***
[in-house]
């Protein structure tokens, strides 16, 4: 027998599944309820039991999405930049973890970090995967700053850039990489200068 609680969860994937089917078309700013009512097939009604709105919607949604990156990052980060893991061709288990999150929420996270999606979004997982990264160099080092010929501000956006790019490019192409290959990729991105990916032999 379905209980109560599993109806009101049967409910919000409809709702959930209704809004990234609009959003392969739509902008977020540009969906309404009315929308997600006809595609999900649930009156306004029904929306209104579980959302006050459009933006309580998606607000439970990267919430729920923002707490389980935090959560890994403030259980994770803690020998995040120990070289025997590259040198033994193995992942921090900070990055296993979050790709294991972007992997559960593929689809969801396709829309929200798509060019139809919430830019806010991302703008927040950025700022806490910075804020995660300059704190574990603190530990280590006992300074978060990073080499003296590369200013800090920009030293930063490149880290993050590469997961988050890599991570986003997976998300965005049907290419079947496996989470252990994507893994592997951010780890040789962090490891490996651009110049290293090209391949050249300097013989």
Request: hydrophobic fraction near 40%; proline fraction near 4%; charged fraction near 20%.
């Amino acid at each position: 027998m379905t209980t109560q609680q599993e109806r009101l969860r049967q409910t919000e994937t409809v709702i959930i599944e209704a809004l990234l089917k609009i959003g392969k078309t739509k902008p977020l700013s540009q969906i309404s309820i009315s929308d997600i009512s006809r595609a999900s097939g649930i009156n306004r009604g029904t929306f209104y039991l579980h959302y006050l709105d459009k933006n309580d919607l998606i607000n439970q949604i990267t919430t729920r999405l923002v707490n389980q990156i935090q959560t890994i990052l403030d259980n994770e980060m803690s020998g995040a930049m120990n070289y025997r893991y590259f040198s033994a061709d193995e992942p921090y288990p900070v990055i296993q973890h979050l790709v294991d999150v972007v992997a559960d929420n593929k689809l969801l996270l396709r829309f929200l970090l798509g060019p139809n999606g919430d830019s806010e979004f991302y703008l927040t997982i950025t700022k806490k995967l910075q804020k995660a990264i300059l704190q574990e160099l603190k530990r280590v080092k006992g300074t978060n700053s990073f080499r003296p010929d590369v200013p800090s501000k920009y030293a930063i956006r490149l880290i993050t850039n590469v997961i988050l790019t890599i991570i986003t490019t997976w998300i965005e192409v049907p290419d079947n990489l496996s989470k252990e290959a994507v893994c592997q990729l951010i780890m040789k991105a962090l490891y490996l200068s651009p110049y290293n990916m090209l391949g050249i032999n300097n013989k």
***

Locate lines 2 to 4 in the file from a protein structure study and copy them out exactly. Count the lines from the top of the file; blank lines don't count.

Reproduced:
């Protein structure tokens, strides 16, 4: 027998599944309820039991999405930049973890970090995967700053850039990489200068 609680969860994937089917078309700013009512097939009604709105919607949604990156990052980060893991061709288990999150929420996270999606979004997982990264160099080092010929501000956006790019490019192409290959990729991105990916032999 379905209980109560599993109806009101049967409910919000409809709702959930209704809004990234609009959003392969739509902008977020540009969906309404009315929308997600006809595609999900649930009156306004029904929306209104579980959302006050459009933006309580998606607000439970990267919430729920923002707490389980935090959560890994403030259980994770803690020998995040120990070289025997590259040198033994193995992942921090900070990055296993979050790709294991972007992997559960593929689809969801396709829309929200798509060019139809919430830019806010991302703008927040950025700022806490910075804020995660300059704190574990603190530990280590006992300074978060990073080499003296590369200013800090920009030293930063490149880290993050590469997961988050890599991570986003997976998300965005049907290419079947496996989470252990994507893994592997951010780890040789962090490891490996651009110049290293090209391949050249300097013989």
Request: hydrophobic fraction near 40%; proline fraction near 4%; charged fraction near 20%.
């Amino acid at each position: 027998m379905t209980t109560q609680q599993e109806r009101l969860r049967q409910t919000e994937t409809v709702i959930i599944e209704a809004l990234l089917k609009i959003g392969k078309t739509k902008p977020l700013s540009q969906i309404s309820i009315s929308d997600i009512s006809r595609a999900s097939g649930i009156n306004r009604g029904t929306f209104y039991l579980h959302y006050l709105d459009k933006n309580d919607l998606i607000n439970q949604i990267t919430t729920r999405l923002v707490n389980q990156i935090q959560t890994i990052l403030d259980n994770e980060m803690s020998g995040a930049m120990n070289y025997r893991y590259f040198s033994a061709d193995e992942p921090y288990p900070v990055i296993q973890h979050l790709v294991d999150v972007v992997a559960d929420n593929k689809l969801l996270l396709r829309f929200l970090l798509g060019p139809n999606g919430d830019s806010e979004f991302y703008l927040t997982i950025t700022k806490k995967l910075q804020k995660a990264i300059l704190q574990e160099l603190k530990r280590v080092k006992g300074t978060n700053s990073f080499r003296p010929d590369v200013p800090s501000k920009y030293a930063i956006r490149l880290i993050t850039n590469v997961i988050l790019t890599i991570i986003t490019t997976w998300i965005e192409v049907p290419d079947n990489l496996s989470k252990e290959a994507v893994c592997q990729l951010i780890m040789k991105a962090l490891y490996l200068s651009p110049y290293n990916m090209l391949g050249i032999n300097n013989k």